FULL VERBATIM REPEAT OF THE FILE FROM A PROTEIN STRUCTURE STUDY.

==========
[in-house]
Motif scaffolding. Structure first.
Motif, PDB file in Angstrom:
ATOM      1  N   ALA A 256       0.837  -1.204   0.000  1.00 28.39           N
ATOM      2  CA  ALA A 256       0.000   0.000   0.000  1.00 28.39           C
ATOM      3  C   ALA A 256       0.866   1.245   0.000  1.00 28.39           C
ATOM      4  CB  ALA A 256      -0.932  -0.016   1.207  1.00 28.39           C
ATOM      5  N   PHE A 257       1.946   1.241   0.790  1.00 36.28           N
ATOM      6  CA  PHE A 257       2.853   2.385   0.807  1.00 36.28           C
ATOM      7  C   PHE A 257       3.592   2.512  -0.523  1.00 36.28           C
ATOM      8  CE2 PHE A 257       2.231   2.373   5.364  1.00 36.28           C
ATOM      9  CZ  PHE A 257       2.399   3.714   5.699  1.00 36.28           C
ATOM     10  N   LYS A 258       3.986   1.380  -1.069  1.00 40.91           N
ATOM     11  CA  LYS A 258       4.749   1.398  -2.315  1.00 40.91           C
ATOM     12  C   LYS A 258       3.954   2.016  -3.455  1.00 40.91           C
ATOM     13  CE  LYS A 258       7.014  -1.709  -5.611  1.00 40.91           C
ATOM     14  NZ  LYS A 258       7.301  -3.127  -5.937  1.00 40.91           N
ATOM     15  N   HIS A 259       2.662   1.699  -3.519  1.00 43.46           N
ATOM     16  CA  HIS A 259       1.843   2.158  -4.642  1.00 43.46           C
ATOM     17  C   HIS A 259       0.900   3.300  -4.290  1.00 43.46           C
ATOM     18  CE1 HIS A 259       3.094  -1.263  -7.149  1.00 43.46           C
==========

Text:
[in-house]
Motif scaffolding. Structure first.
Motif, PDB file in Angstrom:
ATOM      1  N   ALA A 256       0.837  -1.204   0.000  1.00 28.39           N
ATOM      2  CA  ALA A 256       0.000   0.000   0.000  1.00 28.39           C
ATOM      3  C   ALA A 256       0.866   1.245   0.000  1.00 28.39           C
ATOM      4  CB  ALA A 256      -0.932  -0.016   1.207  1.00 28.39           C
ATOM      5  N   PHE A 257       1.946   1.241   0.790  1.00 36.28           N
ATOM      6  CA  PHE A 257       2.853   2.385   0.807  1.00 36.28           C
ATOM      7  C   PHE A 257       3.592   2.512  -0.523  1.00 36.28           C
ATOM      8  CE2 PHE A 257       2.231   2.373   5.364  1.00 36.28           C
ATOM      9  CZ  PHE A 257       2.399   3.714   5.699  1.00 36.28           C
ATOM     10  N   LYS A 258       3.986   1.380  -1.069  1.00 40.91           N
ATOM     11  CA  LYS A 258       4.749   1.398  -2.315  1.00 40.91           C
ATOM     12  C   LYS A 258       3.954   2.016  -3.455  1.00 40.91           C
ATOM     13  CE  LYS A 258       7.014  -1.709  -5.611  1.00 40.91           C
ATOM     14  NZ  LYS A 258       7.301  -3.127  -5.937  1.00 40.91           N
ATOM     15  N   HIS A 259       2.662   1.699  -3.519  1.00 43.46           N
ATOM     16  CA  HIS A 259       1.843   2.158  -4.642  1.00 43.46           C
ATOM     17  C   HIS A 259       0.900   3.300  -4.290  1.00 43.46           C
ATOM     18  CE1 HIS A 259       3.094  -1.263  -7.149  1.00 43.46           C